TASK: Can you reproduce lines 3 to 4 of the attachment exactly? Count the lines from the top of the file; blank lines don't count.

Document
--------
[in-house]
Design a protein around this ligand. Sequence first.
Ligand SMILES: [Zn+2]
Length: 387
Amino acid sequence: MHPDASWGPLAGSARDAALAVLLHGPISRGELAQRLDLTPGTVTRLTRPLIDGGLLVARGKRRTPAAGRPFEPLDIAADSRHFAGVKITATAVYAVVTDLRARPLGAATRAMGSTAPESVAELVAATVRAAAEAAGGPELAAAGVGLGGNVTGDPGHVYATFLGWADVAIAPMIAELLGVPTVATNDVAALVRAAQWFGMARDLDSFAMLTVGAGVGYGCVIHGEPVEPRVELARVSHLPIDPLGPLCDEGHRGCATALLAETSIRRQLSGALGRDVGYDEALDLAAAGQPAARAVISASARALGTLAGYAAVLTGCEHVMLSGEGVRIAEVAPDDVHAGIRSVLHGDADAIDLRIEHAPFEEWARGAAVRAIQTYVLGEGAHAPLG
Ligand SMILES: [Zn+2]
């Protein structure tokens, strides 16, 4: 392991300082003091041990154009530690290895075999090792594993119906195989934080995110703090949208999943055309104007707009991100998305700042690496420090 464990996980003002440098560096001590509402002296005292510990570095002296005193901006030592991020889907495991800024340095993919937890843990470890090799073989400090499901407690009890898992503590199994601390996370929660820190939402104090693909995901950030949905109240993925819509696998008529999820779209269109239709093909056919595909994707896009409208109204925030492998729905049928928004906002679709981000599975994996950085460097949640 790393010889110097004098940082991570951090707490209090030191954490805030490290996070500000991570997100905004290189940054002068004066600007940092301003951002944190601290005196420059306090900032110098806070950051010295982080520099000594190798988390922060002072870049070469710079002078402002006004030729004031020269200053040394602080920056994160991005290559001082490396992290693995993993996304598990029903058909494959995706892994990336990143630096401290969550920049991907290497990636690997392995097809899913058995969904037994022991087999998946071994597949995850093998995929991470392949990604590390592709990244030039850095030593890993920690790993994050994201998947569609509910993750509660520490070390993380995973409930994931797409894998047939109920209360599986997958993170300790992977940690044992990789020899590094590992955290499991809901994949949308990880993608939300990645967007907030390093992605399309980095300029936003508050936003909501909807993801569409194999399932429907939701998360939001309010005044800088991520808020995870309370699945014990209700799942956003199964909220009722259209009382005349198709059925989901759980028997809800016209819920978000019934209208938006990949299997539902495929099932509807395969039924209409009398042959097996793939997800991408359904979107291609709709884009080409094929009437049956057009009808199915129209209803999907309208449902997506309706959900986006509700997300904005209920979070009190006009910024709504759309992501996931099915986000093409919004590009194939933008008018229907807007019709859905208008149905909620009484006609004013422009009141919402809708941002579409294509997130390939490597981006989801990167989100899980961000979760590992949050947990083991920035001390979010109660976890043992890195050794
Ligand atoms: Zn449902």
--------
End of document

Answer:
Ligand SMILES: [Zn+2]
Length: 387